We Reminisce: When Gary Payton Put The Clamps On Michael Jordan In The NBA Finals

This year’s Basketball Hall of Fame class was officially announced yesterday, and taking his rightful place among the game’s greats in September will be Gary Payton. The Glove holds the distinction of being the only point guard ever to win the NBA Defensive Player of the Year, an honor given to him for his suffocating work during the 1995-96 season. It was, however, his work that postseason that immortalized his defensive reputation.

June, 1996 CE. “Tha Crossroads” by Bone Thugs is on top of the charts, Filegate has just hit the Clinton Administration, I’m not yet an adolescent, and MJ is in the thick of his first full post-baseball NBA season. To be specific, postseason. To be even more specific, the NBA Finals.

Jordan drops 28, 29 and 36 in the first three games of the Finals, all Chicago victories. After living in the NBA Finals from ’91 to ’93, Michael and the Bulls declare it’s good to be back. David Stern, Nike, et al. heartily agree. Jordan’s on his way back to Larry O’Brien glory. But if there’s no conflict, no rising action, we’re not reminiscing today.

Enter Gary Payton.

Well, that’s not really accurate. GP had already been on the scene, talkin’ it up, as usual, but only to the tune of two subpar games and then one serviceable showing. After Game 3, one writer described Payton as subdued. Payton? Subdued?

Payton had torn a calf muscle, and so Sonics coach George Karl held off on putting The Glove on His Airness, not wanting to wear Payton out. But sometimes, you just gotta give the people what they want, especially when you’re down 0-3, and you have nothing to lose.

And so, on June 12, Hannah Storm announced to the masses that Gary Payton would be guarding Michael Jordan in Game 4 from the jump, “a matchup many have wanted to see this entire series.” The Glove did not disappoint. Payton aggressively fronted Jordan, even drawing an early offensive foul from Jordan in the first quarter (yes, an offensive foul was called against Michael Jordan). Jordan wound up going 6-for-19, scoring 23 points, his lowest output ever in the Finals up to that point, and was visibly frustrated. On the offensive end, Payton scored 21, including 3-of-6 from downtown (Jordan was 0-for-2 on treys), beat Jordan on off-ball cuts a few times, and dished out 11 assists. The fans at Key Arena were reenergized, and the Sonics lived to see another day.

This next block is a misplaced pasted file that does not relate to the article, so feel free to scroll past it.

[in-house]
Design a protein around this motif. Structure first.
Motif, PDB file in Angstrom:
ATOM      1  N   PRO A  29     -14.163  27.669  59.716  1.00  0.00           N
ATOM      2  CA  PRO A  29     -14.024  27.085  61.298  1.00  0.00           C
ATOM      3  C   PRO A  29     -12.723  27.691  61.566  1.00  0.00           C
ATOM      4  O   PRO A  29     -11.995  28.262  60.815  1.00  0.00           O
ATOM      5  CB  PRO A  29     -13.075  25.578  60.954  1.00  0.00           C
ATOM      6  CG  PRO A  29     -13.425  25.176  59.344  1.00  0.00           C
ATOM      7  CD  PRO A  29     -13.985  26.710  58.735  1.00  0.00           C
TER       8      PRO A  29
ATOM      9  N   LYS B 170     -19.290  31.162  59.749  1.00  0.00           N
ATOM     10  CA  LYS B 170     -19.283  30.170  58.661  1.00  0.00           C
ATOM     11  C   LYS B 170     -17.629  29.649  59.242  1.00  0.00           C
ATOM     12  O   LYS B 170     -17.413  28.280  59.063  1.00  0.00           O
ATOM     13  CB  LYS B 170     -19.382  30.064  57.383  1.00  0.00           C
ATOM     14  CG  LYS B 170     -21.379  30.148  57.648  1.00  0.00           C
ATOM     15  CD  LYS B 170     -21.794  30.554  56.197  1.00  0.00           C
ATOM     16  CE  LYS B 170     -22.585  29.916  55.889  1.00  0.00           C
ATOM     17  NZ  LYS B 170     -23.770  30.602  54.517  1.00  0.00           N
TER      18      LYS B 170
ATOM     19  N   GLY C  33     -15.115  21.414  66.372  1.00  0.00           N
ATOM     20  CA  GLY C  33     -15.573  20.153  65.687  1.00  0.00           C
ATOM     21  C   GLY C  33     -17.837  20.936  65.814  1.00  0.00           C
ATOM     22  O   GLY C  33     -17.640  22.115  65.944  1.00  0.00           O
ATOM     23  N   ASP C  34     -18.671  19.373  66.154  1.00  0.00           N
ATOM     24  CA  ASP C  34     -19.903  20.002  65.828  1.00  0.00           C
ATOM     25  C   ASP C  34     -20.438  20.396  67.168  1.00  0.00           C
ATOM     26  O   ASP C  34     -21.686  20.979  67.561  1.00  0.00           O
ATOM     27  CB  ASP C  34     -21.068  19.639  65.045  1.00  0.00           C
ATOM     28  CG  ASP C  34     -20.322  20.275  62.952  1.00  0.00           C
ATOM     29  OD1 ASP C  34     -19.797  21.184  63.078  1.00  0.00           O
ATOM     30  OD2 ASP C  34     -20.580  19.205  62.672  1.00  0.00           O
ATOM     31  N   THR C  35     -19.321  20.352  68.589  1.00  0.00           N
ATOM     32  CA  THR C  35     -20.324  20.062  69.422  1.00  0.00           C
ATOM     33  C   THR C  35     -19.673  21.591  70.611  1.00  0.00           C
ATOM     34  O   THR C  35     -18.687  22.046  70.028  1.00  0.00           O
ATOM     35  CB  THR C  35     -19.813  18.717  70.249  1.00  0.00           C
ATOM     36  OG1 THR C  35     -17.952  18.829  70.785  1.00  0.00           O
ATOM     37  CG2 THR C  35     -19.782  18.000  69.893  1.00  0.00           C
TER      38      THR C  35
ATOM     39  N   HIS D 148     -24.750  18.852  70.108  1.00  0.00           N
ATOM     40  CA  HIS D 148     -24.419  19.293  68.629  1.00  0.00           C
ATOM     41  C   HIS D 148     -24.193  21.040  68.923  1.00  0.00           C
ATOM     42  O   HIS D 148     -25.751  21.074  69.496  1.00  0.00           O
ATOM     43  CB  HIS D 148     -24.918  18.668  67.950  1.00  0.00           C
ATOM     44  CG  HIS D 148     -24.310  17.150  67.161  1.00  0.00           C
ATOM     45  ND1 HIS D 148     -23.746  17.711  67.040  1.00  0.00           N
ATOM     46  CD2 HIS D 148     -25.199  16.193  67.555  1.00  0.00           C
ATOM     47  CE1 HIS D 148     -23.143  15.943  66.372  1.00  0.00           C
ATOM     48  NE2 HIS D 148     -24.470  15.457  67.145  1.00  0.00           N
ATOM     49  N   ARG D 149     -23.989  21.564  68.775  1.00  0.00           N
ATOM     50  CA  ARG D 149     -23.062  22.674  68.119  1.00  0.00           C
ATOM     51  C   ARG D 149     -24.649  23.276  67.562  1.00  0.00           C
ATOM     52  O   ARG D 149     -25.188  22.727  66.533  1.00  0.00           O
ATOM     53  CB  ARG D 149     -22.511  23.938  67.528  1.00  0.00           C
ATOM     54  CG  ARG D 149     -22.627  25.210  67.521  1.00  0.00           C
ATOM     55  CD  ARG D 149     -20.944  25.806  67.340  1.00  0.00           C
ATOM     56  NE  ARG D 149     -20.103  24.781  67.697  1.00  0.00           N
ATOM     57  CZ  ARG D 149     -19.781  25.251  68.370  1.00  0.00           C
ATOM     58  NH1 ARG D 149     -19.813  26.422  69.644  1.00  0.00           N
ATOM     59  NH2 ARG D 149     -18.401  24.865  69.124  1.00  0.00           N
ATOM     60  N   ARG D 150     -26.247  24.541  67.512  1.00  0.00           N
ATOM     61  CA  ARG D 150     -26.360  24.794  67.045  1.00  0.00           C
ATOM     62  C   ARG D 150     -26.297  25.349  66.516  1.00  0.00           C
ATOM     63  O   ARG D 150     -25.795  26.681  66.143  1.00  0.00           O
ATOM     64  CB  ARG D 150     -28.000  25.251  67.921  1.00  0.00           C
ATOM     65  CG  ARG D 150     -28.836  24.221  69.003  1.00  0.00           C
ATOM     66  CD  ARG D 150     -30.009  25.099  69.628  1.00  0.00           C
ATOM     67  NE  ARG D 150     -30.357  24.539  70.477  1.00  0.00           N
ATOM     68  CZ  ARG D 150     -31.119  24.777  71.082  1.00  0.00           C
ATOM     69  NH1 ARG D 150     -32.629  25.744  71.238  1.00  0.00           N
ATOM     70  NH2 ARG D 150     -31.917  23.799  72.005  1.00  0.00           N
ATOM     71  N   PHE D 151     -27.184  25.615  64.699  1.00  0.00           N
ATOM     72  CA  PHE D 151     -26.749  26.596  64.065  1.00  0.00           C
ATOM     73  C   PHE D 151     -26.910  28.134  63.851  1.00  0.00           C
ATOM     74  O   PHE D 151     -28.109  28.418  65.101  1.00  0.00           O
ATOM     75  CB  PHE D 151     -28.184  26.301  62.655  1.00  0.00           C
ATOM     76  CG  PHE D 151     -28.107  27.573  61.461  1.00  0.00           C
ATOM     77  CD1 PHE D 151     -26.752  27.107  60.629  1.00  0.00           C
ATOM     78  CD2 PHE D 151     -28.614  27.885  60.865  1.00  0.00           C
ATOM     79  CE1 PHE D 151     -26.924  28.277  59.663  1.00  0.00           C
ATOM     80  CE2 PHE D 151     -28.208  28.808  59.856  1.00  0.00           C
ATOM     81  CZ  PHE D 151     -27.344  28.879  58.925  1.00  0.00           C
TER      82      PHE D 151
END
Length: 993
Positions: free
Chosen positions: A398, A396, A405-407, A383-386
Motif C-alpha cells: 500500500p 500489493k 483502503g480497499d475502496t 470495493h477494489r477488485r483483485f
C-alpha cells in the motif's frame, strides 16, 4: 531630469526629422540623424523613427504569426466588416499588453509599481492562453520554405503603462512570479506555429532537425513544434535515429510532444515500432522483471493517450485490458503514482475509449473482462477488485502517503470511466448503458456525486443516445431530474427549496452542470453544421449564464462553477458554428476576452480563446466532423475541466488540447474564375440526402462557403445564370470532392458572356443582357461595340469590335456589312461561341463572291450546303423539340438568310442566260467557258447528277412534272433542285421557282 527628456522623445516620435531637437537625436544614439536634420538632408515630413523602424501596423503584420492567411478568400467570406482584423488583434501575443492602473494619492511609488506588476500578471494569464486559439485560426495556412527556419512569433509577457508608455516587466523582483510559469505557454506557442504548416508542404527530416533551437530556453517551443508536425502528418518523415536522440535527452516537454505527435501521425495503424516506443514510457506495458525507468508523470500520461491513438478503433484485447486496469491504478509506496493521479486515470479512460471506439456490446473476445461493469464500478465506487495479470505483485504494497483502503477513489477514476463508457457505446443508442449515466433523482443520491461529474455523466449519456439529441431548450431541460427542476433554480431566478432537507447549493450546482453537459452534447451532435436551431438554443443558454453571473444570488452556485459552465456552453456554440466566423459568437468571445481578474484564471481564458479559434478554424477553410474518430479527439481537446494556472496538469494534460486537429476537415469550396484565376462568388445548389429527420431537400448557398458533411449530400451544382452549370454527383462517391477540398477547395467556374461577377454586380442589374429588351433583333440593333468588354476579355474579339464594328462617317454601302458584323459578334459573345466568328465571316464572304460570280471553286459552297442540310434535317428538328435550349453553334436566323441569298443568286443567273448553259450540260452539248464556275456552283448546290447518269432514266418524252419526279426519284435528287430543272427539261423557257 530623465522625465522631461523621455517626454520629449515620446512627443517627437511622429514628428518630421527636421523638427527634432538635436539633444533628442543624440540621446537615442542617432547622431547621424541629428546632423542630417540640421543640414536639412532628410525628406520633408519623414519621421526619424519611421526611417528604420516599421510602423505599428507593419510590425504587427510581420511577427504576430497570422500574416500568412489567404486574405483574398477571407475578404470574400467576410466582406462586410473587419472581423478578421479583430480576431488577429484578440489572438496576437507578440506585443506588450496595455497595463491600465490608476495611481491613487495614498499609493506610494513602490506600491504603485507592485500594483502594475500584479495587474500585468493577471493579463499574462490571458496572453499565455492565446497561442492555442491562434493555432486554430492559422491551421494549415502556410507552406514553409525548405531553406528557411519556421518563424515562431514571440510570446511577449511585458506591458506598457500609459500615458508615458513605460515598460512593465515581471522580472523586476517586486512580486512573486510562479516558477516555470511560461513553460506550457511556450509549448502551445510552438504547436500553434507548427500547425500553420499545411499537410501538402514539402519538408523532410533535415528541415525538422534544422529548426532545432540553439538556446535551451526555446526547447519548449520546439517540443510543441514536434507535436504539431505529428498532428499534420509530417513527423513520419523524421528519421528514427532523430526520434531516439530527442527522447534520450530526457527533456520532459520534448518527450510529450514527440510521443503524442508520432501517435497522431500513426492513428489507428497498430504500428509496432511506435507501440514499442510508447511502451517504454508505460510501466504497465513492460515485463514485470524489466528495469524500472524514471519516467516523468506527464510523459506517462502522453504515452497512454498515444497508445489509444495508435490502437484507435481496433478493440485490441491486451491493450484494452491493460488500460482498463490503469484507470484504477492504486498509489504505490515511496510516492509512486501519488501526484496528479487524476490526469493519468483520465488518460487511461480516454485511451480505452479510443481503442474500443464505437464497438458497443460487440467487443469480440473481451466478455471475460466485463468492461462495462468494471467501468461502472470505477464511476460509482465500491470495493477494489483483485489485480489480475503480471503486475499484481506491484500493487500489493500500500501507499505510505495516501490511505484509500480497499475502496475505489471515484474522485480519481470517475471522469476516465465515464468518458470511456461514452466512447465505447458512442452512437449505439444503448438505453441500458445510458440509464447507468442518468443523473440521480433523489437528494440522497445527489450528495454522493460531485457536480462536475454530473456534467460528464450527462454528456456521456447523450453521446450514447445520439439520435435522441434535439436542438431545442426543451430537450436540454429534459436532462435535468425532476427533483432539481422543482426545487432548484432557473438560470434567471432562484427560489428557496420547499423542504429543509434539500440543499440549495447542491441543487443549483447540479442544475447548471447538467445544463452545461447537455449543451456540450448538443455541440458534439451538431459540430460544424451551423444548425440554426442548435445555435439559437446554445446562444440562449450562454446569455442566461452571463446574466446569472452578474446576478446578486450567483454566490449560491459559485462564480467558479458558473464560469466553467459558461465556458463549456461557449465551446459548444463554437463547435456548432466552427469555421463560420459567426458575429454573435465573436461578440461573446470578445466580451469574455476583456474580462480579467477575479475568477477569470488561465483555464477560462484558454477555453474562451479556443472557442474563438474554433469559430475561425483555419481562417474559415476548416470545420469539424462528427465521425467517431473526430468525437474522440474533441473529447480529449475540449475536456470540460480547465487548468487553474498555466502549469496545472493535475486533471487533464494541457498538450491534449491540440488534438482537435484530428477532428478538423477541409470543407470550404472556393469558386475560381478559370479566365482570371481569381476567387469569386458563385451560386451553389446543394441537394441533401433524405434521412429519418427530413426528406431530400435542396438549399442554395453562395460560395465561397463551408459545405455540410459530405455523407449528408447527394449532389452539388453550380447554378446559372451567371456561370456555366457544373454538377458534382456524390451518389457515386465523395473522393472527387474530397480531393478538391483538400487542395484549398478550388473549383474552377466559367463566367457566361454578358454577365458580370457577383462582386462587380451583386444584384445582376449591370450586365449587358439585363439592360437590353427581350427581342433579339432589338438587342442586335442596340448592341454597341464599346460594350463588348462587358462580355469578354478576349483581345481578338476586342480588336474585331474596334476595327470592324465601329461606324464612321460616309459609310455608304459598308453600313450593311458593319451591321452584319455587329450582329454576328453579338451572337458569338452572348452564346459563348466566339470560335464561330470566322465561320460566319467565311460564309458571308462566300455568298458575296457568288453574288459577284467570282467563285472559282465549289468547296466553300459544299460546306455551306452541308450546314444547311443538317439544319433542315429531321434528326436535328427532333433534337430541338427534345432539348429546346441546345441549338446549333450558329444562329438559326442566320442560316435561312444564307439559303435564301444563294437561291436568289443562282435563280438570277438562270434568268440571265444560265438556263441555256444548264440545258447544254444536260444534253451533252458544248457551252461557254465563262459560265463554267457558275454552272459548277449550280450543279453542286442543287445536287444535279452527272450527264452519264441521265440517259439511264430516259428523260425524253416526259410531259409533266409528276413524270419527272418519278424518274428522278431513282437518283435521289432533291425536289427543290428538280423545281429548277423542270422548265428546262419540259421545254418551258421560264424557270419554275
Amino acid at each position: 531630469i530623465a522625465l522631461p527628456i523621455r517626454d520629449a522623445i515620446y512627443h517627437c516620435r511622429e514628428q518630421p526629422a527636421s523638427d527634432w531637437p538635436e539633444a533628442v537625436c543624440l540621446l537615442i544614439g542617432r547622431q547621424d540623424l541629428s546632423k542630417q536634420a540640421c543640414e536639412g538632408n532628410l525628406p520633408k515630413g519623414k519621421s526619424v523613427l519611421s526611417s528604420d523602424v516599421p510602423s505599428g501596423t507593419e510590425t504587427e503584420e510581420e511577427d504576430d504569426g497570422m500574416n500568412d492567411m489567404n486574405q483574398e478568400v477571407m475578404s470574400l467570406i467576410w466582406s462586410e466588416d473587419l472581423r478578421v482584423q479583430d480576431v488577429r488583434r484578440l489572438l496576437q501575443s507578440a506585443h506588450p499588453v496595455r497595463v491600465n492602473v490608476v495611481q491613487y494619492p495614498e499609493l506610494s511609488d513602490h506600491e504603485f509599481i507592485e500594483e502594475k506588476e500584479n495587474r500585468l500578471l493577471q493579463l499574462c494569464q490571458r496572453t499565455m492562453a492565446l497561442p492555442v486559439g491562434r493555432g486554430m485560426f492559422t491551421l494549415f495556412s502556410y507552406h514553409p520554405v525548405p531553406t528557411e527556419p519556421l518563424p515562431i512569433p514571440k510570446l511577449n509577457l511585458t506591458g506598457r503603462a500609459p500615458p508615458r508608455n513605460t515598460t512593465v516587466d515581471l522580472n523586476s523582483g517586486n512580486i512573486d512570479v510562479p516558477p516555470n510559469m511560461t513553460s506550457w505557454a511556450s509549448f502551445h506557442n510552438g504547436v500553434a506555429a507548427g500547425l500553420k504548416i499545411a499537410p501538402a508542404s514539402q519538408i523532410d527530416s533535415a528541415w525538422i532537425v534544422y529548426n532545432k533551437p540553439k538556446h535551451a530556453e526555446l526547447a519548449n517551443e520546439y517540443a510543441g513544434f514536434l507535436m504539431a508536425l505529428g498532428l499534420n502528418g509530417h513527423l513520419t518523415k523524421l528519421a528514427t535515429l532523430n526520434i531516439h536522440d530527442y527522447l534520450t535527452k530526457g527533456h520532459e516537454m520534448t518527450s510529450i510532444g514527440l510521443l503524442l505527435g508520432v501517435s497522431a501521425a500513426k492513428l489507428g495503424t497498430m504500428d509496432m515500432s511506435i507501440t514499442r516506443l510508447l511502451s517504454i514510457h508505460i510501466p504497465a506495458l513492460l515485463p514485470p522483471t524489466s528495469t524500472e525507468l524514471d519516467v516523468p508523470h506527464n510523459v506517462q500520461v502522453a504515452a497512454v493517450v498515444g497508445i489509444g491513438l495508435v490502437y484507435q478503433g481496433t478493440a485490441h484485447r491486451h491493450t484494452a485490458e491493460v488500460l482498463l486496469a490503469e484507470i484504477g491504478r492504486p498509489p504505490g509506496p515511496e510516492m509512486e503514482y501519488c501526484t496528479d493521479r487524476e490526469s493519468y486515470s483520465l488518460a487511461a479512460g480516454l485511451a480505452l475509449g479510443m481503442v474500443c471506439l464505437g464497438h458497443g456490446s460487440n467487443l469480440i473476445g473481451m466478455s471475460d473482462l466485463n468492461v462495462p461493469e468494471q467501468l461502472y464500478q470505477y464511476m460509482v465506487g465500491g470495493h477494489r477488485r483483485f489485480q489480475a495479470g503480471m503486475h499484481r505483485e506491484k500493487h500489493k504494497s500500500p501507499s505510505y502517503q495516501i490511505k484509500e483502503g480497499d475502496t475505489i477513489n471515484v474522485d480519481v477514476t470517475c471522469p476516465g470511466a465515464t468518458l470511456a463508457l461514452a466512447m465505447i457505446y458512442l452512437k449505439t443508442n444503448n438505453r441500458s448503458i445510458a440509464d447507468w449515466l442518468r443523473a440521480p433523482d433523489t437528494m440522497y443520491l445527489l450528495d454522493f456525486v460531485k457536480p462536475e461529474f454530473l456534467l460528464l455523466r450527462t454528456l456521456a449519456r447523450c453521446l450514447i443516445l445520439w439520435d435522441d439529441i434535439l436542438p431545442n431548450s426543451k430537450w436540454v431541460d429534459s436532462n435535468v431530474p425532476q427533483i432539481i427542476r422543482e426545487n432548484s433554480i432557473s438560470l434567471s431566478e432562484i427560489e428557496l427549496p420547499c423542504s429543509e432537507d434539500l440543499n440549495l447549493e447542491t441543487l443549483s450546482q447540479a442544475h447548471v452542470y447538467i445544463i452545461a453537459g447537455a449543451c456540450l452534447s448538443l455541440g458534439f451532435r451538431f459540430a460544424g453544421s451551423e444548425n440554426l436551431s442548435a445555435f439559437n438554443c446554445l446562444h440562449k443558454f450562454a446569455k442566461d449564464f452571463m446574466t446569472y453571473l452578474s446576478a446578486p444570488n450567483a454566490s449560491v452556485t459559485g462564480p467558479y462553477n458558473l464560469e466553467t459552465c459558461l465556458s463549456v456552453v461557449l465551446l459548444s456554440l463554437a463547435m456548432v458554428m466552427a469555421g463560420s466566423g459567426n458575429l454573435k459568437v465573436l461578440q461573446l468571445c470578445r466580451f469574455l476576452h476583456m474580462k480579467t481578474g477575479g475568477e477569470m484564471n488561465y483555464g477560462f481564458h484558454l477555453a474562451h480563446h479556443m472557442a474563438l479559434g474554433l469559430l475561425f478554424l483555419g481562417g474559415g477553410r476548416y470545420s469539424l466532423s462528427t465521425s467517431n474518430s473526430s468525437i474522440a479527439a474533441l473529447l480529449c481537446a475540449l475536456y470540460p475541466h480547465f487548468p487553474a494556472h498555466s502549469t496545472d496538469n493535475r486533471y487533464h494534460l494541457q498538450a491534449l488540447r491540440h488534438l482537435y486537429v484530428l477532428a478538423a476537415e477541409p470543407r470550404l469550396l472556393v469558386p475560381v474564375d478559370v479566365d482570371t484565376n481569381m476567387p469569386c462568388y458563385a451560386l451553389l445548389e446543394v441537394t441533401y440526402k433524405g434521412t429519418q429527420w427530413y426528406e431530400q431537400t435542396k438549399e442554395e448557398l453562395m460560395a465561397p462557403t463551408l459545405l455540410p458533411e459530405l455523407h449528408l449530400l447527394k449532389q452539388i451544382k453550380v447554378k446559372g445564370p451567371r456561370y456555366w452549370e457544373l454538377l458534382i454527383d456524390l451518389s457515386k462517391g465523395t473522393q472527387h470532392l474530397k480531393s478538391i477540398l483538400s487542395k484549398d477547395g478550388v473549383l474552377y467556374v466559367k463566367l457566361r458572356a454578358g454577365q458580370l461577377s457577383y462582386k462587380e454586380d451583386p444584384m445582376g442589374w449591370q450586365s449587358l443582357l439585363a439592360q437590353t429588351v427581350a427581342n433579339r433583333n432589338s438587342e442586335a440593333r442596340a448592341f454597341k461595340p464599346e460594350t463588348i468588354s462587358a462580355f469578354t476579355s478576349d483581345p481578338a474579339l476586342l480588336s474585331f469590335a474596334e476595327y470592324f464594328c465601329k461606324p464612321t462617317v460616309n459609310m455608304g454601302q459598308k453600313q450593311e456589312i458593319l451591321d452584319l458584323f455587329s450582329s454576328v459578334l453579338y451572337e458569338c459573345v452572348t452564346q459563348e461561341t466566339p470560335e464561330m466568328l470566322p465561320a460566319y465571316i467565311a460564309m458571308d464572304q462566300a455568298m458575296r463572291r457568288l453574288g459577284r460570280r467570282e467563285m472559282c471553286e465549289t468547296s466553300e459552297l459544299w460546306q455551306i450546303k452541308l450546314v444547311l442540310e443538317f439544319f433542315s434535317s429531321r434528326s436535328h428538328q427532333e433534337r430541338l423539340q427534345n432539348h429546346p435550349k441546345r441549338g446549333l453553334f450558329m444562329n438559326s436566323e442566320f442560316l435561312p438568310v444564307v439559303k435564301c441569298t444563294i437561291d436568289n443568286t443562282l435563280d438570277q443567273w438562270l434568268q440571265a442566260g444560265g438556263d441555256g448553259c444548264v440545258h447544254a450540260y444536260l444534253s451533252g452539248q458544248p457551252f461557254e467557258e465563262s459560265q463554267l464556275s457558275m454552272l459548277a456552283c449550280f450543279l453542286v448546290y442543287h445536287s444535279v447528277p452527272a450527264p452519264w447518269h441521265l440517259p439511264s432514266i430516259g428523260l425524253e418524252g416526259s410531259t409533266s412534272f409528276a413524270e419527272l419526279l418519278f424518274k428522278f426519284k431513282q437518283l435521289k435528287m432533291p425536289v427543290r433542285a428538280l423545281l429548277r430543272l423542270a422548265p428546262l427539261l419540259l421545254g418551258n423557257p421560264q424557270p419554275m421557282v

Two days later, the two teams took to the floor again, and Jordan, despite his refusal to credit Payton, was frustrated by GP again. Jordan was called for an early travel (yes, Michael Jordan was called for a travel), and to add insult to injury, Payton dusted Jordan on a beautiful spin move shortly thereafter. Further developing a nascent theme from Game 4, Jordan struggled from beyond the arc (0-for-4), while Payton seemed to relish every made triple (2-for-6) that much more. It was almost like a game within the game emerged, with Payton goading the hyper-competitive Jordan into taking threes, each Jordan miss a small victory for Payton, each Payton make an affront to Jordan’s refusal to acknowledge him (neither Payton nor Jordan were elite three-point shooters in their careers). In a crucial Seattle fourth quarter run, Jordan was held to just one (missed) shot, and Jordan resorted to finger pointing after the game: “I was getting double-teamed, so I had to move the ball and ask my teammates to make shots. They had a difficult time shooting the ball.”

The series returned to the Windy City for Game 6, and though the Bulls ultimately prevailed, Payton and the Sonics at least made Jordan work, holding him to 22 points on 5-for-19 shooting. Jordan managed to hit a three-pointer early, but was bested once again in that department by Payton, who went 3-for-5 from downtown, compared to Jordan’s 1-for-3. Payton continued to aggressively front Jordan, and anticipated when Jordan’s teammates looked to get him the ball, closing on Jordan so that Jordan’s teammates often didn’t even end up pulling the trigger on their passes. However, the Bulls were in control for most of Game 6, and went on to win their first of three consecutive championships.

Although in the end, the Sonics came up short, Payton’s defense on Jordan cemented his legacy as one of the finest defensive guards the league has ever seen, a legacy that endures in basketball lore to this day. May it ever be so.

Where does GP rank among the best defensive guards of all time?

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